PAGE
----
We will use your email address only for sending you newsletters. Please see our Privacy Notice for details of your data protection rights.
European sources have indicated the differences in position over the €1.75trillion spending spree are too great to bridge. Facing the bloc’s worse recession since the Second World War, leaders will meet in Brussels tomorrow for face-to-face talks for the first time since the pandemic exploded onto the Continent. Under the proposals to be discussed, the European Commission would borrow €750billion on international markets to help fund aid packages for the worst-hit regions and industries.
A €500billion share would be distributed in the form of grants while the remaining €250billion would be made available as low-cost loans.
Alongside the recovery fund, Charles Michel, the European Council’s president, has put forward a €1.074trillion proposal for the EU’s next seven-year budget.
But both propositions have attracted significant opposition from member states, who have to unanimously sign off on the package.
A senior EU official said: “We believe an agreement can be reached and we will push for this but there are still differences between delegations.”
But officials and diplomats are not confident the breakthrough will be made during this week’s summit, which some say could run into Sunday.
“I don’t know how this will pan out,” the official added.
One hotly contested topic is the so-called governance structure used to ensure funds aren’t misspent once they arrive in member states.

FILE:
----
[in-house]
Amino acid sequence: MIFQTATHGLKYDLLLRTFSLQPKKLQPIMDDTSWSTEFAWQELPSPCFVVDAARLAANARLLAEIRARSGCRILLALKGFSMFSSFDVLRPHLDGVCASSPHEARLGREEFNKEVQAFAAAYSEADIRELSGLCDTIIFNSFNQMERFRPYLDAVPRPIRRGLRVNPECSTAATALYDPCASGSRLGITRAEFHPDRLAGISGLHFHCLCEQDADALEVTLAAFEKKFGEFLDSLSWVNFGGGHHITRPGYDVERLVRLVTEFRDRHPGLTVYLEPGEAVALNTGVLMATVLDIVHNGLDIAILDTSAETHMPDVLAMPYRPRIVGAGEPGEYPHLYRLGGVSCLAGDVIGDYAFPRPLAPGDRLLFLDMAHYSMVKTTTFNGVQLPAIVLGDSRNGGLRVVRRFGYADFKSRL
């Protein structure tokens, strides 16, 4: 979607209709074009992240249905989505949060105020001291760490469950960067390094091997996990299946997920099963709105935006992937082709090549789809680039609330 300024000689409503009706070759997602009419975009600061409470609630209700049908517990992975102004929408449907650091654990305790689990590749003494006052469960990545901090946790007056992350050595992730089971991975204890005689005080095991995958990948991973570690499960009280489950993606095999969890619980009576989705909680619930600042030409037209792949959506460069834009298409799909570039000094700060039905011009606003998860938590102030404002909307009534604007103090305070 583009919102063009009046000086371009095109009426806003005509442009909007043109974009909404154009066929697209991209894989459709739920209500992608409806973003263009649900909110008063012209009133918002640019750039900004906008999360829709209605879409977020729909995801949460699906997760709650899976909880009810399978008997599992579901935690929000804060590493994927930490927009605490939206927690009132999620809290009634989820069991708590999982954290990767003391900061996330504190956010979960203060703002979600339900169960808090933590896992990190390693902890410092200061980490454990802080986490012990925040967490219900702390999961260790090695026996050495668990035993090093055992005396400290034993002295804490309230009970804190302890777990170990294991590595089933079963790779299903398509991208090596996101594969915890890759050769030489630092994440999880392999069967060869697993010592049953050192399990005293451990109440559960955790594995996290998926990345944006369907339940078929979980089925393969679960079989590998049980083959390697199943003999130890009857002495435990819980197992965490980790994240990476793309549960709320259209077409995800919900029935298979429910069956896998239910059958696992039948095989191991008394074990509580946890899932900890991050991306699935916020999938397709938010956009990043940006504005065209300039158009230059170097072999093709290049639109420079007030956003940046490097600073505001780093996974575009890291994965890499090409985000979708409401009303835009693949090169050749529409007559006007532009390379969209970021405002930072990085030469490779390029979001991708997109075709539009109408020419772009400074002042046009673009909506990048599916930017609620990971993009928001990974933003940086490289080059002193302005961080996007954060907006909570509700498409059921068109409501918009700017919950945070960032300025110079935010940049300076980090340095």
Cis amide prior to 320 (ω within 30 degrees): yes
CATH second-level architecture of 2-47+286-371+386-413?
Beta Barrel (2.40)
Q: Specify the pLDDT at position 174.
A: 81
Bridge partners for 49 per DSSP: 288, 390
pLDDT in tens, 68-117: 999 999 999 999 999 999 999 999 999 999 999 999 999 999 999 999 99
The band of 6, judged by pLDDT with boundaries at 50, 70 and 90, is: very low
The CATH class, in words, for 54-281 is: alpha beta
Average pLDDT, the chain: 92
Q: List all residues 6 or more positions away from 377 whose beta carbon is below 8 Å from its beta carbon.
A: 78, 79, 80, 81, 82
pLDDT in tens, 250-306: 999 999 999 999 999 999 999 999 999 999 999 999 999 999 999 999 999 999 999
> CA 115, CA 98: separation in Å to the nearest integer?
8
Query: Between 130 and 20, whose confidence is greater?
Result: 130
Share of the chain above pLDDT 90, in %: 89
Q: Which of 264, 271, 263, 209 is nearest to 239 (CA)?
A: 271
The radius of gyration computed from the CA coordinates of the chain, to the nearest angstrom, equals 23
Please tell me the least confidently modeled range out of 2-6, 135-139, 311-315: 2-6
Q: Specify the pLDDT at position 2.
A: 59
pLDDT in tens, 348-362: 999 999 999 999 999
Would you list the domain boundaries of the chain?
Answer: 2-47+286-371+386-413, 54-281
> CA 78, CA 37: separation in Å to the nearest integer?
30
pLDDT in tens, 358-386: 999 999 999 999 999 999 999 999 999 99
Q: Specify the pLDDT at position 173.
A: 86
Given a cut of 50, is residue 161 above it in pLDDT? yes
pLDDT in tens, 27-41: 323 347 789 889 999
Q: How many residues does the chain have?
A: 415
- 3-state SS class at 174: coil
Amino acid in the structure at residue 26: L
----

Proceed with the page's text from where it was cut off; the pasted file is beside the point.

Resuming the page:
The Netherlands, who have pitched themselves as the most vocal opponents to bailout package, are demanding a degree of conditionality attached as the price for accessing the war chest.
Mark Rutte’s government have proposed for the Commission to judge whether capitals have implemented the necessary economic reforms before they receive their handout.
Italy and Spain, who are set to be the main benefactors of the fund, have opposed strings being attached to the fund.
Other capitals are concerned with rule-breakers Hungary and Poland having access to the recovery fund while there is ongoing probes into alleged rule of law breaches by the two states.
A senior EU diplomat said: “There are many other issues, mostly financial to be dealt with. But there are some non financial issues and this is one of them.”
Budapest has threatened to veto any potential deal if a rule of law mechanism is introduced into the package.
The diplomat added: “If that’s the case, then we should also be prepared to build a bridge for this governance issue.
“It’s quite difficult to accept the argument that it is not possible. There are 27 countries trying to agree to this next generation system.
“So we have to come to a compromise which satisfies us all.”
Source: Read Full Article